A freak wave wreaks havoc on Kass Schmitt and Rupert Holmes' 36ft Zest as they attempt to sail to Lanzarote

There may be a good time and place to lose a rig and a large chunk of deck, but 130 miles off the north-west corner of Spain in a full gale on a pitch black night is definitely not it, write Kass Schmitt.

Still, it could have been worse… Zest is a 36ft one-off design by Rob Humphreys, built of strip cedar epoxy and launched in 1992.

I bought her in January 2013 with the intention of competing in that year’s Original Single-handed Transatlantic Race (OSTAR), but was unable to complete all the necessary work in time for the start.

Instead, my partner Rupert Holmes and I set about on a programme to prepare me for the 2017 OSTAR.

Kass Schmitt at the start of the 2017 OSTAR

Kass sailing Zest ahead of the 2017 OSTAR start. Credit: Paul Gibbins

By the end of summer 2015 we had cruised and raced her nearly 12,000 miles, mostly double-handed. We set off from Cowes towards Lanzarote on 13 October.

We were expecting an Atlantic low pressure to arrive around day 5, but the models were not agreeing on its path, so our passage plan provided for a number of contingencies with options to put into ports in Brittany, northern Spain or Portugal if needed.

First impact

By the third day we had made excellent progress, enjoying a fast run down the Channel before reaching south just beyond the Ushant Traffic Separation Scheme.

The wind and seas began to build as the isobars below the persistent high pressure were squeezed. In just 28 knots of breeze we were knocked sideways by a wave.

Continues below…

Rupert was in the cockpit at the time, which was inundated with water, with both his lifejacket and the pulpit-mounted dan-buoy inflating in the green water.

Meanwhile, on my beanbag on the saloon sole, I was awakened by a shower of objects from the port pipe cot.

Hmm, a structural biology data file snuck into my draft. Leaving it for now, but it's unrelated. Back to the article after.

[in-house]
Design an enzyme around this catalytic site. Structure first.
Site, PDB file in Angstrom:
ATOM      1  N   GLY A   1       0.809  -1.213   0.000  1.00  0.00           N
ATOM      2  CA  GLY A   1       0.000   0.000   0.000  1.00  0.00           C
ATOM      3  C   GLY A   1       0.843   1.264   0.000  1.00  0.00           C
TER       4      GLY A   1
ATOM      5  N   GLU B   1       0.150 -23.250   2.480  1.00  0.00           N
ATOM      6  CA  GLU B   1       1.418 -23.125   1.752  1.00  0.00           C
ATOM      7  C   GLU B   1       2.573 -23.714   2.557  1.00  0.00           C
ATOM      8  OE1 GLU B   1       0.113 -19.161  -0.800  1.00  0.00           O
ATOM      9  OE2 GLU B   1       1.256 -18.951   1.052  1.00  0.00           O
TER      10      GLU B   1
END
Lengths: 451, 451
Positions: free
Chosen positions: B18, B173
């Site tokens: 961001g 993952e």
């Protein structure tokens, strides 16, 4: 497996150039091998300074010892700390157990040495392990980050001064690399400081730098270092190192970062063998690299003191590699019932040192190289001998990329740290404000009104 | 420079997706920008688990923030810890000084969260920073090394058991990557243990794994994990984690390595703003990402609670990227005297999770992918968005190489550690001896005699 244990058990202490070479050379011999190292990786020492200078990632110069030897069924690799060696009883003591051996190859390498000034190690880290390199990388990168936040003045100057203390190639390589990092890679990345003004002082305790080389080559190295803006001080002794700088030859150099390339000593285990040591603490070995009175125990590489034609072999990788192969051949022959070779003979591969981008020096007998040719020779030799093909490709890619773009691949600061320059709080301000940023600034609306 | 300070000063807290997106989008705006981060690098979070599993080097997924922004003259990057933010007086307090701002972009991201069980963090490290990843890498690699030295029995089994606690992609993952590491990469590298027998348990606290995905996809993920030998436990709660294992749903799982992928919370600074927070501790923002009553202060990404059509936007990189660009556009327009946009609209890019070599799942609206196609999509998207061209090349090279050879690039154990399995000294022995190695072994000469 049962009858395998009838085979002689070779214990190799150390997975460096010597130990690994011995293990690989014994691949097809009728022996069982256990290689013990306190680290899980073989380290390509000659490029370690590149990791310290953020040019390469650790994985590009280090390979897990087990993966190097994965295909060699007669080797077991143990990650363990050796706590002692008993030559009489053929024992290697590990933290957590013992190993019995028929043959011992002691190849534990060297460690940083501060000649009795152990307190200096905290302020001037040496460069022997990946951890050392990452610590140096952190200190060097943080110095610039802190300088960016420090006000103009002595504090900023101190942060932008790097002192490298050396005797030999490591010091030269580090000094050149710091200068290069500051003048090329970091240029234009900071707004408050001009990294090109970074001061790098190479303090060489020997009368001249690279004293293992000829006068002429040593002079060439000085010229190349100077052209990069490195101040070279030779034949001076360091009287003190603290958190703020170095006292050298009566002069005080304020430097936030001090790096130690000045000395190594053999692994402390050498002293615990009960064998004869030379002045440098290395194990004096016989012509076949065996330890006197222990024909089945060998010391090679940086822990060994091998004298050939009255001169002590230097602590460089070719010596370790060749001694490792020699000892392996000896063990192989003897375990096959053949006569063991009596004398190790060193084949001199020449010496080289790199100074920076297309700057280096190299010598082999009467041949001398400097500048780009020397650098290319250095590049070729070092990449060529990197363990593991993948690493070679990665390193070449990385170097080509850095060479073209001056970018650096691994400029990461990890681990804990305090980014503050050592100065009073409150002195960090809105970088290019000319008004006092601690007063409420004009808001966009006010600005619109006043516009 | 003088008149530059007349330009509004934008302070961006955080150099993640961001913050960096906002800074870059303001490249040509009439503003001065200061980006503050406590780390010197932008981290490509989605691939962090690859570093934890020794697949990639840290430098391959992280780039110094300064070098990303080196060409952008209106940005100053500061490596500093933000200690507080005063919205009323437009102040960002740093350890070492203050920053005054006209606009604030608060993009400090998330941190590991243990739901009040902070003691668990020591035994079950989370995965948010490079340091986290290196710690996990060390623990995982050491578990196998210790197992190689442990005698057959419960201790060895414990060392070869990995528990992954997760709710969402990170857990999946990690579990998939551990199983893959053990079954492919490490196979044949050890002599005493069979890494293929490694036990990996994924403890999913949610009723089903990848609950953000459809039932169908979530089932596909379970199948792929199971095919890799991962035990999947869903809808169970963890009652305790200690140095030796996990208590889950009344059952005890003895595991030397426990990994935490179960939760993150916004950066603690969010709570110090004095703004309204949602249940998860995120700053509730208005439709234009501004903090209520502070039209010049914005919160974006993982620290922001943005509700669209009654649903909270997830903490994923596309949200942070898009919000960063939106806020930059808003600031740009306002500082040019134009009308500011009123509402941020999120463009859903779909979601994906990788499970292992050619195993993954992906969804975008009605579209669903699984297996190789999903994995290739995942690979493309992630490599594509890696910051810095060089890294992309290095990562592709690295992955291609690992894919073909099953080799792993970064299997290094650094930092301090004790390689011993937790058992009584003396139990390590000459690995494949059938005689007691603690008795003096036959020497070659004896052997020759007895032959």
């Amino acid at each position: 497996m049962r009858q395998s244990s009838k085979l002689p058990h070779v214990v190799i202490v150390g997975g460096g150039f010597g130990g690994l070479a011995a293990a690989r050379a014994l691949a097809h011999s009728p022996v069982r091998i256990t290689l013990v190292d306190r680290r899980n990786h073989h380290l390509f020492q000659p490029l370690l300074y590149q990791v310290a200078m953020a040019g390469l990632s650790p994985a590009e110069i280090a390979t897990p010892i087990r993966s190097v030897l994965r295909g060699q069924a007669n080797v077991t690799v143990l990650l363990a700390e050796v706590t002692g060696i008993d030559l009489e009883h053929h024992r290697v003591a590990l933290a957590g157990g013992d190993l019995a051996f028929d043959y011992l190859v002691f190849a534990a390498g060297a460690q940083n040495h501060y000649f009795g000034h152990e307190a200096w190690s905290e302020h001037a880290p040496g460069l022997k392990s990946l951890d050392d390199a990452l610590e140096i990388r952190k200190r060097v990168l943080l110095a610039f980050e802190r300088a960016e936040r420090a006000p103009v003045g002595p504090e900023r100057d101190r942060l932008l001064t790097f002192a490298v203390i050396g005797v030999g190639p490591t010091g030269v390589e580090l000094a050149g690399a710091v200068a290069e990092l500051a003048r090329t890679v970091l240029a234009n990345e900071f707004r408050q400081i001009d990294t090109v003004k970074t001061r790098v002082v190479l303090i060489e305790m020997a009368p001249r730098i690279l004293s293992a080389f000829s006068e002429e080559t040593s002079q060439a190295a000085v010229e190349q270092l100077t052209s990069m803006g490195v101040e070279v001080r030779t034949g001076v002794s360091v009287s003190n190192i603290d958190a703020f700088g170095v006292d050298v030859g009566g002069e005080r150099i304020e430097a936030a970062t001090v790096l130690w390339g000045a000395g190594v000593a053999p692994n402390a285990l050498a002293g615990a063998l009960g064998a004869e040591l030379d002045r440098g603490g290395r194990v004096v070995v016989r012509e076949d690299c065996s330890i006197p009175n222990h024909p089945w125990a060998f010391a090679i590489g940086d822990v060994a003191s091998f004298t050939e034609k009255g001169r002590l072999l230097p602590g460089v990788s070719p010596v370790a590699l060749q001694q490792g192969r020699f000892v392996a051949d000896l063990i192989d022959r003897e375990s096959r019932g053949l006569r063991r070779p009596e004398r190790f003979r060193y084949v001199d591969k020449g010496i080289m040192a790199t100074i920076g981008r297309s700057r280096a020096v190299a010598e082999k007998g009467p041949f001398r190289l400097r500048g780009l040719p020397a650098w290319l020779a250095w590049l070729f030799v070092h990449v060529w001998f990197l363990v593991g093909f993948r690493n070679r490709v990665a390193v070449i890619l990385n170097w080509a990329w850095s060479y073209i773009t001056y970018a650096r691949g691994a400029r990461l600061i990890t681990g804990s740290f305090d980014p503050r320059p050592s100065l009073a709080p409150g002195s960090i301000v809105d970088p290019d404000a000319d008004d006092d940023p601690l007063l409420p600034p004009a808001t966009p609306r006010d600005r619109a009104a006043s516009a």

For safety, we resolved to minimise time spent on deck until conditions improved.

Kass Schmitt

Kass Schmitt is a solo sailor who has long been dreaming of completing the OSTAR. She is the only woman skipper in the 2021 edition

As the wind built into a full easterly gale, we reduced sail, eventually opting to lie a-hull overnight.

In the morning of day 4 we put out a scrap of jib and spent the day comfortably reaching at 6 to 7- and-a-half knots boat speed with wind and wave fine on the port quarter, and a wind vane steering impeccably.

Before it got dark we spent around an hour studying the waves, and had concluded it wasn’t necessary to deploy our drogue.

The sea state was impressive, but orderly, and the wind was forecast to moderate.

Disaster strikes

As we chatted about the sunshine and tradewinds just round the corner, our conversation was interrupted by the roar of a mammoth breaking wave on the port side, further forward than any previous waves.

There followed an even louder bang, accompanied by the sickening sound of tearing wood as we were hit. The lights went out and the boat felt as it if had been thrown sideways.

  1. 1. First impact
  2. 2. Lessons Learned
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